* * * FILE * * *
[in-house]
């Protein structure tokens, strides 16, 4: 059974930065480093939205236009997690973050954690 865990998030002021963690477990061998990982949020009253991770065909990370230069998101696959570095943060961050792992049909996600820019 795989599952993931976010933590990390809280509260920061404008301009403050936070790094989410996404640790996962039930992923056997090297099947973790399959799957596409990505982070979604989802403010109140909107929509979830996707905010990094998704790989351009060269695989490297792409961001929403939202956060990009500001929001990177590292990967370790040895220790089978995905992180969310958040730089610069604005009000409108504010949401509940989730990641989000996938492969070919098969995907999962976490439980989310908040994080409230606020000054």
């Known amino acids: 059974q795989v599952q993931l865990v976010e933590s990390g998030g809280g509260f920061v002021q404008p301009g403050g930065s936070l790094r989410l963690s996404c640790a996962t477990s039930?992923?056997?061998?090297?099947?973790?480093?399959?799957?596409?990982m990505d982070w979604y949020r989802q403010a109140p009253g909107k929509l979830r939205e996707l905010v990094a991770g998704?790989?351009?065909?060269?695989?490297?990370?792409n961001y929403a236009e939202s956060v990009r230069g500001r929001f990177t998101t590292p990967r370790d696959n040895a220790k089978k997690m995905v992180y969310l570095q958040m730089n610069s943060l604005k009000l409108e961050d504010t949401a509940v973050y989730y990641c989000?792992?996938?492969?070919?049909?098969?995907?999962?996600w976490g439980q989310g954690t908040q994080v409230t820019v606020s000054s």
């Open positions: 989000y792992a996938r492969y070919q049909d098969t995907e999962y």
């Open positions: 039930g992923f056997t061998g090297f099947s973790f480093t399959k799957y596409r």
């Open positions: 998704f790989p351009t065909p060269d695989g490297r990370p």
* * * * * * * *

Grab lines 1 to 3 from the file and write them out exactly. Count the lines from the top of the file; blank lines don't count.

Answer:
[in-house]
């Protein structure tokens, strides 16, 4: 059974930065480093939205236009997690973050954690 865990998030002021963690477990061998990982949020009253991770065909990370230069998101696959570095943060961050792992049909996600820019 795989599952993931976010933590990390809280509260920061404008301009403050936070790094989410996404640790996962039930992923056997090297099947973790399959799957596409990505982070979604989802403010109140909107929509979830996707905010990094998704790989351009060269695989490297792409961001929403939202956060990009500001929001990177590292990967370790040895220790089978995905992180969310958040730089610069604005009000409108504010949401509940989730990641989000996938492969070919098969995907999962976490439980989310908040994080409230606020000054």
């Known amino acids: 059974q795989v599952q993931l865990v976010e933590s990390g998030g809280g509260f920061v002021q404008p301009g403050g930065s936070l790094r989410l963690s996404c640790a996962t477990s039930?992923?056997?061998?090297?099947?973790?480093?399959?799957?596409?990982m990505d982070w979604y949020r989802q403010a109140p009253g909107k929509l979830r939205e996707l905010v990094a991770g998704?790989?351009?065909?060269?695989?490297?990370?792409n961001y929403a236009e939202s956060v990009r230069g500001r929001f990177t998101t590292p990967r370790d696959n040895a220790k089978k997690m995905v992180y969310l570095q958040m730089n610069s943060l604005k009000l409108e961050d504010t949401a509940v973050y989730y990641c989000?792992?996938?492969?070919?049909?098969?995907?999962?996600w976490g439980q989310g954690t908040q994080v409230t820019v606020s000054s």